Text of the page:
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Data rich: why having granular ESG data matters

Diversity, employee benefits, and greenhouse gas (GHG) emissions

December 2020
Lynn Martin

President, NYSE Group

These are just some of the key environmental, social and governance (ESG) considerations that are rapidly becoming essential to investment analysis and portfolio selection as institutions and financial professionals embrace sustainable investing.

It's a trend that has only grown this year with investors pumping record sums into ESG funds during the early months of the pandemic. According to Morningstar, assets under management in what it calls sustainable funds globally hit a record high of $1.3 trillion as of the end of September, up 19 percent from June. Their relative out-performance has been attributed to heightened appetite among investors for exposure to sustainable businesses as companies face greater scrutiny over how they are managing their response to the pandemic, which has brought the social element of ESG to the forefront in particular.

But what about the data underpinning this important trend?

Until recently, investors had relied on ESG ratings produced by third party providers as the main input for their ESG decision making. Now, investors want to go further and look behind the ratings to the underlying company data to make their own assessments. That’s understandable because different providers may consider different ESG factors and assign different weightings to them.

Yet not all data is created equal, and ESG data faces its own unique set of challenges. Companies use their judgement in determining what information to disclose, in what format, and which metrics to use. This means that reported information can be inconsistent and insufficiently standardized to enable effective comparison across companies and can be subject to errors.

If ESG data is to be used effectively to support investment decision-making, it must be comprehensive, granular, timely, and properly normalized. ICE ESG Reference Data aims to provide this in three ways.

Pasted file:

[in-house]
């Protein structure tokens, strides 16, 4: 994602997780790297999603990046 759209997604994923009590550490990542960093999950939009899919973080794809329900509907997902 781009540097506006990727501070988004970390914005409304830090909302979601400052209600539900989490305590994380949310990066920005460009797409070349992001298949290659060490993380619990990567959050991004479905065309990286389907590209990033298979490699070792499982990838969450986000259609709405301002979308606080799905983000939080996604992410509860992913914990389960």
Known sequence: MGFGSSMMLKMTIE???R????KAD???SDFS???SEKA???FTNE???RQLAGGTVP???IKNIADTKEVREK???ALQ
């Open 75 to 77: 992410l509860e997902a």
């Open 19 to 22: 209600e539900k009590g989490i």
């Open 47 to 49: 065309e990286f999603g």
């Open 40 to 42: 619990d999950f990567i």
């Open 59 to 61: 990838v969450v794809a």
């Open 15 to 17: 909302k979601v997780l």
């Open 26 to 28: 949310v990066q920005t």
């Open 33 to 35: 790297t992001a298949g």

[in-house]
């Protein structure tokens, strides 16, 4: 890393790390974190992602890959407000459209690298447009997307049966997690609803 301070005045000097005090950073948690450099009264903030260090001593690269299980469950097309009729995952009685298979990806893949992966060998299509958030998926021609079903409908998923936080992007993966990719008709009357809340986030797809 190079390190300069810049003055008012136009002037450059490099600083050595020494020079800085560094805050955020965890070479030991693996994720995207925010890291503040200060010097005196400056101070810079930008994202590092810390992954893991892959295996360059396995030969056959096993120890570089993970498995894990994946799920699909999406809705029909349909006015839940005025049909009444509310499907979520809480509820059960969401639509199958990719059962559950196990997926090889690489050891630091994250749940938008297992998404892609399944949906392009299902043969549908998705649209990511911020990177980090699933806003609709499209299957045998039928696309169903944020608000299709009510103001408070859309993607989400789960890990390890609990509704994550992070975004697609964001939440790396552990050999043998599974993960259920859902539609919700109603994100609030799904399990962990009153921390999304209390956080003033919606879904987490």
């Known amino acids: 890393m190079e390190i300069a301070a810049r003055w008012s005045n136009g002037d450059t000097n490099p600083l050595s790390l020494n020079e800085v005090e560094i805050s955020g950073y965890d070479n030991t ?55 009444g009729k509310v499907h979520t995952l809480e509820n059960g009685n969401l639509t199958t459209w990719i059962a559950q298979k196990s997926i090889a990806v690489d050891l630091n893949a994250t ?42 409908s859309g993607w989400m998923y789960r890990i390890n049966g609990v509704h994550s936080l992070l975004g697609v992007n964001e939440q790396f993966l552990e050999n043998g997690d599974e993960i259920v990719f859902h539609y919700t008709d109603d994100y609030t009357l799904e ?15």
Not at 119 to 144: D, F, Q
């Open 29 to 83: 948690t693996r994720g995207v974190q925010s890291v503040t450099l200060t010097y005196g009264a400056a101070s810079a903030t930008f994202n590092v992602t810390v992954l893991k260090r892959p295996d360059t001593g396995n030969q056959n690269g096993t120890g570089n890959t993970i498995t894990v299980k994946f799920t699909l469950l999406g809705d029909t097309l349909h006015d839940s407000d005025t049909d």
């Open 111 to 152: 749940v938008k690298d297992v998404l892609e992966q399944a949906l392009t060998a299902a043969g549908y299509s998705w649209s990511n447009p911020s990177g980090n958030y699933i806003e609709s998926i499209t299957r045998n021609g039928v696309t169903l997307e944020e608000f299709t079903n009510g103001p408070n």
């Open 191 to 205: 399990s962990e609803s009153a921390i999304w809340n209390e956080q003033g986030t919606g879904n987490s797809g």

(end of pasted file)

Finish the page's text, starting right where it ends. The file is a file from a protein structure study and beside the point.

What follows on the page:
First, with raw data that offers detailed ESG attributes and indicators about public companies, in a standardized format. This helps investors gain transparency into the impact of key ESG issues, uncover opportunities and manage risk. The underlying data model was developed in collaboration with Bank of America (BofA) Global Research, which leverages ICE ESG Reference Data to enhance its global equity and credit analysis. Data is sourced from company reports, and supplemented with data from publicly available third-party sources.

For maximum granularity the ICE data includes GHG Scope 1, Scope 2 (location- and market-based), Scope 3, and companies’ progress on meeting carbon reduction targets. Granular data is also available for other categories, including workforce (broken down by gender, race and location) and company board changes, when they happen.

Data quality is managed through the combined use of technology and a dedicated team of data analysts. Every data attribute is carefully analyzed by ESG specialists and validated with technology. To ensure further data integrity, ICE has an open and transparent feedback process that enables clients and companies to raise inquiries about the data, which helps ICE continuously quality check.

Data points are updated daily as new information becomes available, and ICE’s technology is constantly monitoring for new information.

Second, ICE also provides the BofA ESGMeterTM, a quantitative assessment of a company’s relative ESG performance, created using ICE ESG Reference Data. This complements the underlying data set, providing users with another reference point for their analysis.

Third, we provide risk data for ESG analysis. This is provided through a partnership with RepRisk, an ESG data science company that combines artificial intelligence and human capabilities to develop comprehensive ESG risk data sets. This risk data focuses on ESG risk factors that may impact a firm’s financial performance such as exposure to child labor, corruption, and fraud and is sourced entirely from independent sources, acting as a valuable counter-weight to company-reported information.

Data is the lifeblood of markets. Being able to access granular data sets allows users to triangulate information to arrive at meaningful insights for their investment strategies. Another tool that allows this is ICE Climate Risk, which helps investors assess the climate risk exposure of municipal borrowers, using climate risk analytics provided by risQ, a Boston-based start-up, and combining this information with municipal security-level reference data from ICE.

All of these tools can add value where it matters, instead of investors having to spend time on data cleaning or validation. That’s not only important now, but will be increasingly important in the future given the anticipated growth of ESG-related investment activity: BofA Merrill Lynch estimates that over the next two decades $20 trillion of asset growth will occur in ESG funds – equivalent to the size of the S&P 500 today*.

The shift to incorporating ESG metrics is underway and locking in access to comprehensive and quality data now, will help provide greater transparency for investors, allowing more informed, sustainable decisions.

* 10 reasons to care about ESG investing, BofA Merrill Lynch, 2020